Canadian scientists said that they have figured out a way to turn regular human blood cells into nerve cells, an achievement that could lead to new advances for those suffering chronic pain or nerve diseases.
The technology will allow researchers to test potential drugs for treating pain using the nerve cells in a lab, all based on an individual patient’s own genetic signature, said Mick Bhatia, who led the team of researchers at McMaster University in Hamilton.
“The idea of using stem cells to convert one kind of a cell into another isn’t new, as other research teams have already been able to turn skin cells into blood cells, for example. But no one has ever been able to create central nervous system neural cells and peripheral nervous system neural cells, which are very, very complex,” Bhatia said to CTV.
“No one has ever done this with adult blood to make this repertoire of neural cells,” Bhatia said.
Up until now, there has been no good way to get access to human neural cells to test or study, Bhatia told CBC News. “You wouldn’t give a brain biopsy,” he said. While researchers can buy certain kinds of rat neural cell lines, they don’t consistently respond the way human neural cells do.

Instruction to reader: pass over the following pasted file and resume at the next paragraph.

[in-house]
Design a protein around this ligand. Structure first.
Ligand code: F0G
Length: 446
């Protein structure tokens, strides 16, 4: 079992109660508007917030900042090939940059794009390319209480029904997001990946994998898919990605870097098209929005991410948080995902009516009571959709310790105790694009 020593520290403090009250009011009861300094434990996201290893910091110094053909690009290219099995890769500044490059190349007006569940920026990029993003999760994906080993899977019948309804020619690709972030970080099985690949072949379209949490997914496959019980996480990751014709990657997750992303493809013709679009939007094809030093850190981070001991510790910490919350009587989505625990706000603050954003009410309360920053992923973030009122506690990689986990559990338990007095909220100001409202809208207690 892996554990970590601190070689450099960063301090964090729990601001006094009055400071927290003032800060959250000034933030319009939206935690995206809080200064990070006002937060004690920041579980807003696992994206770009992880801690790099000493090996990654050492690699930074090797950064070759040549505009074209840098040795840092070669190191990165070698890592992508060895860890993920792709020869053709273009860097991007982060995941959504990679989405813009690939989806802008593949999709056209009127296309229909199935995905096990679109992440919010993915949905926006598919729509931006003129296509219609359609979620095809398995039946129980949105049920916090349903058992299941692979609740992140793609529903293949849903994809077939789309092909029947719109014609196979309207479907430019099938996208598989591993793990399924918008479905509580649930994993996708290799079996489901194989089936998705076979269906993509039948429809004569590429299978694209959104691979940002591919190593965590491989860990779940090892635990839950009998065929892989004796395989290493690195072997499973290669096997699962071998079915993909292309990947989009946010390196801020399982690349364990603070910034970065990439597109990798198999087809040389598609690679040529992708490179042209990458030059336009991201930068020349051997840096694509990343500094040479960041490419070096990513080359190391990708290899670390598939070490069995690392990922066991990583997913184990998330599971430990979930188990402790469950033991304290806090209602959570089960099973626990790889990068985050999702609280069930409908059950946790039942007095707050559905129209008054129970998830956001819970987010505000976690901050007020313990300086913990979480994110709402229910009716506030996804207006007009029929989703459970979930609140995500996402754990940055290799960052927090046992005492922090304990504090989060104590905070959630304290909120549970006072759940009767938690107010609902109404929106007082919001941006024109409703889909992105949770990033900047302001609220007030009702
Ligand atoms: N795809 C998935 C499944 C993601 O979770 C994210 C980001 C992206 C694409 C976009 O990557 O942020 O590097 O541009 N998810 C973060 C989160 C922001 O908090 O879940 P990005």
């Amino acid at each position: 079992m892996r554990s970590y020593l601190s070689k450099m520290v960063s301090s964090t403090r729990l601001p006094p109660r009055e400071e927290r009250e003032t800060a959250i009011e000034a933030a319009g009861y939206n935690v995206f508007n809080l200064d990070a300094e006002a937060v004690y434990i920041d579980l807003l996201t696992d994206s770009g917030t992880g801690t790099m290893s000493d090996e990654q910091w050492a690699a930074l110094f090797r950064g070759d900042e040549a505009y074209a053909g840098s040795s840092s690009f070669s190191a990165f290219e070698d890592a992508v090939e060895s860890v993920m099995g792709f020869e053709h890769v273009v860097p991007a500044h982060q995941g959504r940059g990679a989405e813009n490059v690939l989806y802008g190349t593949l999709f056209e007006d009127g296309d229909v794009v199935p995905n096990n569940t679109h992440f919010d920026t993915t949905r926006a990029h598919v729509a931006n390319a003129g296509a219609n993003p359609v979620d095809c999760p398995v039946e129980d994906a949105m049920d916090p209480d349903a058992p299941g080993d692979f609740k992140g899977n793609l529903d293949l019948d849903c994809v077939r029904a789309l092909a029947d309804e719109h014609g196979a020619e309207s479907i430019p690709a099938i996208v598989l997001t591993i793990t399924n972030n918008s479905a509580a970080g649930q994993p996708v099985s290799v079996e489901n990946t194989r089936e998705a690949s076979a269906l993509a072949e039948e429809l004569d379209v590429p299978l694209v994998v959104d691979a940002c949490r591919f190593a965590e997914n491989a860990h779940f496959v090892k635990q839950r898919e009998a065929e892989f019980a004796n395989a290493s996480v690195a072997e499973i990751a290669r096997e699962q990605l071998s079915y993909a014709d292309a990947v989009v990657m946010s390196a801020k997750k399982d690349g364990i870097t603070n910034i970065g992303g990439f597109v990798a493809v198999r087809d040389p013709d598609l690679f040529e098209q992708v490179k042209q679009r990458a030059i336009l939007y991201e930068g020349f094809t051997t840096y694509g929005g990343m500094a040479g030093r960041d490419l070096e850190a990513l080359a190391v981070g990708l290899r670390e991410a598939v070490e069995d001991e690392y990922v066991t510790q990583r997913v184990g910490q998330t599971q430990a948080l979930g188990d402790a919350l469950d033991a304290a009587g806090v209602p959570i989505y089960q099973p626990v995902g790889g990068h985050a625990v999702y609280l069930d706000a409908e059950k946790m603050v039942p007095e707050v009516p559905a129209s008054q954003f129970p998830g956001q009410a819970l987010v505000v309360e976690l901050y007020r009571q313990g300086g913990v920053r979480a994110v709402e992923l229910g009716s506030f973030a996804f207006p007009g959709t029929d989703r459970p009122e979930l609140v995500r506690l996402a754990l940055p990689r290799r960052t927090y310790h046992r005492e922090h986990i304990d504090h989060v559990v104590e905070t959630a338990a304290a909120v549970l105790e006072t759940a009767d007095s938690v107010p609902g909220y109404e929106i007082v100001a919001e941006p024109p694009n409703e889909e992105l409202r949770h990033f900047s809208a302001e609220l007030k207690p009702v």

The new technique involves extracting stem cells from blood — ones that normally have the potential to become red blood cells or various kinds of white blood cells involved in fighting off pathogens. The blood stem cells are converted over about a month into neural stem cells using a patented technique. Those can survive for several months in a petri dish.
These neural stem cells are then manipulated in the lab to give rise to several types of nerve cells, including those that make up the peripheral nervous system throughout the arms, legs and the rest of the body.
“We can actually take a patient’s blood sample, as routinely performed in a doctor’s office, and with it we can produce one million sensory neurons,” said Bhatia. “We can also make central nervous system cells.”